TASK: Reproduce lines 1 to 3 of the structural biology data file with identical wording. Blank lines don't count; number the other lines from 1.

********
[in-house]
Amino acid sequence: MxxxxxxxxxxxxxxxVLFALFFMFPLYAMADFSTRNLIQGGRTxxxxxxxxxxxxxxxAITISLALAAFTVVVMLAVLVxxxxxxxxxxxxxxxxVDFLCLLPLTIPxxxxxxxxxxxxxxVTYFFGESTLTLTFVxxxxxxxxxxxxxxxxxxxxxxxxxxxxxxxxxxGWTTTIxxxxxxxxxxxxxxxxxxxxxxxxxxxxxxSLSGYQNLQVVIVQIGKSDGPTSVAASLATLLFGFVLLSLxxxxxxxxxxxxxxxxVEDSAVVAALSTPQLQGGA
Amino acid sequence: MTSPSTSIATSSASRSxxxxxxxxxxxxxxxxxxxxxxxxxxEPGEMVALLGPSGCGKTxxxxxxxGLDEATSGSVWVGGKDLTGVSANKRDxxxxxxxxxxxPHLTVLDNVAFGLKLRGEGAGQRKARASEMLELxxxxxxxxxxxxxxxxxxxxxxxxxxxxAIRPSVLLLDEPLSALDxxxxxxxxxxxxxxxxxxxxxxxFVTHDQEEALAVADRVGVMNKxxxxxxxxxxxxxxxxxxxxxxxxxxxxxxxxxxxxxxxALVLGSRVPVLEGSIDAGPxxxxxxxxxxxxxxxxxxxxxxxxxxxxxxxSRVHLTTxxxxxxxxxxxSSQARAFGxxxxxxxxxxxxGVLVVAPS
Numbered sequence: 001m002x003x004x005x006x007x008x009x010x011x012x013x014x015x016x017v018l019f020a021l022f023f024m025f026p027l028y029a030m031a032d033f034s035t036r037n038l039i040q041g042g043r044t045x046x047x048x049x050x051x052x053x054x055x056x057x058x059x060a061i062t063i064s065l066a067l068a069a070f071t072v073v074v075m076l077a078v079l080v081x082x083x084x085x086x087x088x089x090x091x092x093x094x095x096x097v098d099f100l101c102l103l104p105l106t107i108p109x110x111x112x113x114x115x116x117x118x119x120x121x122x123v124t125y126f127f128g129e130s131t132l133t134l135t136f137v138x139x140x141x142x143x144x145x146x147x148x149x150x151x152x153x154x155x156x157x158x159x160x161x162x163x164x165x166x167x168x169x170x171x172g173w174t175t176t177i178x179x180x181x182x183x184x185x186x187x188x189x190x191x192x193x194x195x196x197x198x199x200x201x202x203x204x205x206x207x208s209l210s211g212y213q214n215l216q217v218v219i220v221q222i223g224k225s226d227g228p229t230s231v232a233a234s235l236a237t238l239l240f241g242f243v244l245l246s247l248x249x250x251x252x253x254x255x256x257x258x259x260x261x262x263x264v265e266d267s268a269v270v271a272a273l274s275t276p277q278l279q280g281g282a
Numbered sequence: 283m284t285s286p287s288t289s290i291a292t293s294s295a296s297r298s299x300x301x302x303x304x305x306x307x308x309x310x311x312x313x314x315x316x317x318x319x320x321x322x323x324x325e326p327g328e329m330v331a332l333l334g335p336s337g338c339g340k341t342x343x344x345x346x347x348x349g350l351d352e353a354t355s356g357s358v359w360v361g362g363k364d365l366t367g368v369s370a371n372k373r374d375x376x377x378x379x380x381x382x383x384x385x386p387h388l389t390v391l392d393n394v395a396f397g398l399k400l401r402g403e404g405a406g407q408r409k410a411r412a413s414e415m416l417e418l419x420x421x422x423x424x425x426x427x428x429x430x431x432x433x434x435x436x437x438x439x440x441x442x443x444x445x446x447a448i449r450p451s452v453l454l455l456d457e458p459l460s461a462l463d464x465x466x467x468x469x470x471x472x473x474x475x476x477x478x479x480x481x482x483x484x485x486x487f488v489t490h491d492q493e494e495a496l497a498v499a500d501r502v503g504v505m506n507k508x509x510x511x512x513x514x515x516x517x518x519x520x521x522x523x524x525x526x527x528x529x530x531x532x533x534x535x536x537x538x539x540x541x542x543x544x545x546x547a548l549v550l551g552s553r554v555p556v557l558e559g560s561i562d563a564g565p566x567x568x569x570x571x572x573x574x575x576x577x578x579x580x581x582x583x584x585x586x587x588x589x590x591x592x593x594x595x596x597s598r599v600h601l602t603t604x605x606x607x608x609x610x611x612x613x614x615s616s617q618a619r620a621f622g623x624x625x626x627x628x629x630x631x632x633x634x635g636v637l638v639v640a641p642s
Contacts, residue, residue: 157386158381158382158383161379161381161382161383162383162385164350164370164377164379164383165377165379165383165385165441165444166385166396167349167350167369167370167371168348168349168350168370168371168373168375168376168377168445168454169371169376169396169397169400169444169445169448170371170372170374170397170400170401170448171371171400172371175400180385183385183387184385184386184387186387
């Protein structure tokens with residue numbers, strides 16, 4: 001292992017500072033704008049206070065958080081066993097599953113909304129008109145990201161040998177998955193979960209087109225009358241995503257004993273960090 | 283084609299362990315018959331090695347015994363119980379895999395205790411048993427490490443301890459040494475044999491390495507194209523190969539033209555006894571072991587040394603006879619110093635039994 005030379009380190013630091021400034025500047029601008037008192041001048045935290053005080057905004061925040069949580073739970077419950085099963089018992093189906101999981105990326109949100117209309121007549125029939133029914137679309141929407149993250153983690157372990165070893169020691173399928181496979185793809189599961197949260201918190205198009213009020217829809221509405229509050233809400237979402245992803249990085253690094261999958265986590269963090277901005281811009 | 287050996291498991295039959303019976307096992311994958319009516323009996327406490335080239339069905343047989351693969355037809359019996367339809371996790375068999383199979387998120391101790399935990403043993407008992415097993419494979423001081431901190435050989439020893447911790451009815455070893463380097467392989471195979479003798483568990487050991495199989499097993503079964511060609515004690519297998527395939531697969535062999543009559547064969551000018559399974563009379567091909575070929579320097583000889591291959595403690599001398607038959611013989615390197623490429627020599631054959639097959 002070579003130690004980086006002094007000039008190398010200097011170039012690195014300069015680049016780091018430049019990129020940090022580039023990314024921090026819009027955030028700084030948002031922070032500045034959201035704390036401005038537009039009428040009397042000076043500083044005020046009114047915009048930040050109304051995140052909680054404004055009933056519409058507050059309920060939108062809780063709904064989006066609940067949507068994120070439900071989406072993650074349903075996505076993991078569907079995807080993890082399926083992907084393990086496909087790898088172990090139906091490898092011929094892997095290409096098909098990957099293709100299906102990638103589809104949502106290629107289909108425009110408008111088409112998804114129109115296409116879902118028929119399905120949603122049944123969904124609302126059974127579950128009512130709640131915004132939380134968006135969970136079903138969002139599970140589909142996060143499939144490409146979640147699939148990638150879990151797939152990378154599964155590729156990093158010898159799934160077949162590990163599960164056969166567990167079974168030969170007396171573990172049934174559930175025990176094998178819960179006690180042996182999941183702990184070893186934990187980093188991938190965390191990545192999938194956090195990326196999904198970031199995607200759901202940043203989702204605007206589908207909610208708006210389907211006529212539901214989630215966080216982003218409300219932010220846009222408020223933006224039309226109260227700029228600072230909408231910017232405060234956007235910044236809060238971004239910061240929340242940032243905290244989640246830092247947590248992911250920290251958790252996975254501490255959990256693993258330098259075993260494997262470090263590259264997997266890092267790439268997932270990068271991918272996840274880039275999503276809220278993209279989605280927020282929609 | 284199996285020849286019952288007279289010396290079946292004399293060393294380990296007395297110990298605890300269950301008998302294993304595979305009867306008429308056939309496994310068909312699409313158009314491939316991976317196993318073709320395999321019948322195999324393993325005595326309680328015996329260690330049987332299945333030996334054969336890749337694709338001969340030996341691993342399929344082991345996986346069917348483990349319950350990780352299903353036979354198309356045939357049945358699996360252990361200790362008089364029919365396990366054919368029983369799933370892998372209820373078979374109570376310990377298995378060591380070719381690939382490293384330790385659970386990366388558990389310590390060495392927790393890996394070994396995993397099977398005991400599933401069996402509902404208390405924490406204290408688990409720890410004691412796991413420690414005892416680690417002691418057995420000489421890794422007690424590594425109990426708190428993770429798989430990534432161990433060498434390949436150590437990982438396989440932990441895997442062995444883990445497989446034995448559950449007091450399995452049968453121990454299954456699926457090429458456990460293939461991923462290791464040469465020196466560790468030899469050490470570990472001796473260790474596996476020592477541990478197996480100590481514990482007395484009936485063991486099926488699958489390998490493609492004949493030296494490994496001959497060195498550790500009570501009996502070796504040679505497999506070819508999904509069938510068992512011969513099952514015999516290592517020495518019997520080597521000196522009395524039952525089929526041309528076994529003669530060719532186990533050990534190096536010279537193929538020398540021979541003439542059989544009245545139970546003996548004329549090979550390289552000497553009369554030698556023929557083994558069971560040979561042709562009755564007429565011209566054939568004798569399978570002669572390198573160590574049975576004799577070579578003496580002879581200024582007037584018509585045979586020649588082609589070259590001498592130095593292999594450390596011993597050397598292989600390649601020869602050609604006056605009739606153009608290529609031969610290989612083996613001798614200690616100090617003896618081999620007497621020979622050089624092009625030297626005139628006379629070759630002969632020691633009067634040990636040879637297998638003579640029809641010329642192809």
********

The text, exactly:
[in-house]
Amino acid sequence: MxxxxxxxxxxxxxxxVLFALFFMFPLYAMADFSTRNLIQGGRTxxxxxxxxxxxxxxxAITISLALAAFTVVVMLAVLVxxxxxxxxxxxxxxxxVDFLCLLPLTIPxxxxxxxxxxxxxxVTYFFGESTLTLTFVxxxxxxxxxxxxxxxxxxxxxxxxxxxxxxxxxxGWTTTIxxxxxxxxxxxxxxxxxxxxxxxxxxxxxxSLSGYQNLQVVIVQIGKSDGPTSVAASLATLLFGFVLLSLxxxxxxxxxxxxxxxxVEDSAVVAALSTPQLQGGA
Amino acid sequence: MTSPSTSIATSSASRSxxxxxxxxxxxxxxxxxxxxxxxxxxEPGEMVALLGPSGCGKTxxxxxxxGLDEATSGSVWVGGKDLTGVSANKRDxxxxxxxxxxxPHLTVLDNVAFGLKLRGEGAGQRKARASEMLELxxxxxxxxxxxxxxxxxxxxxxxxxxxxAIRPSVLLLDEPLSALDxxxxxxxxxxxxxxxxxxxxxxxFVTHDQEEALAVADRVGVMNKxxxxxxxxxxxxxxxxxxxxxxxxxxxxxxxxxxxxxxxALVLGSRVPVLEGSIDAGPxxxxxxxxxxxxxxxxxxxxxxxxxxxxxxxSRVHLTTxxxxxxxxxxxSSQARAFGxxxxxxxxxxxxGVLVVAPS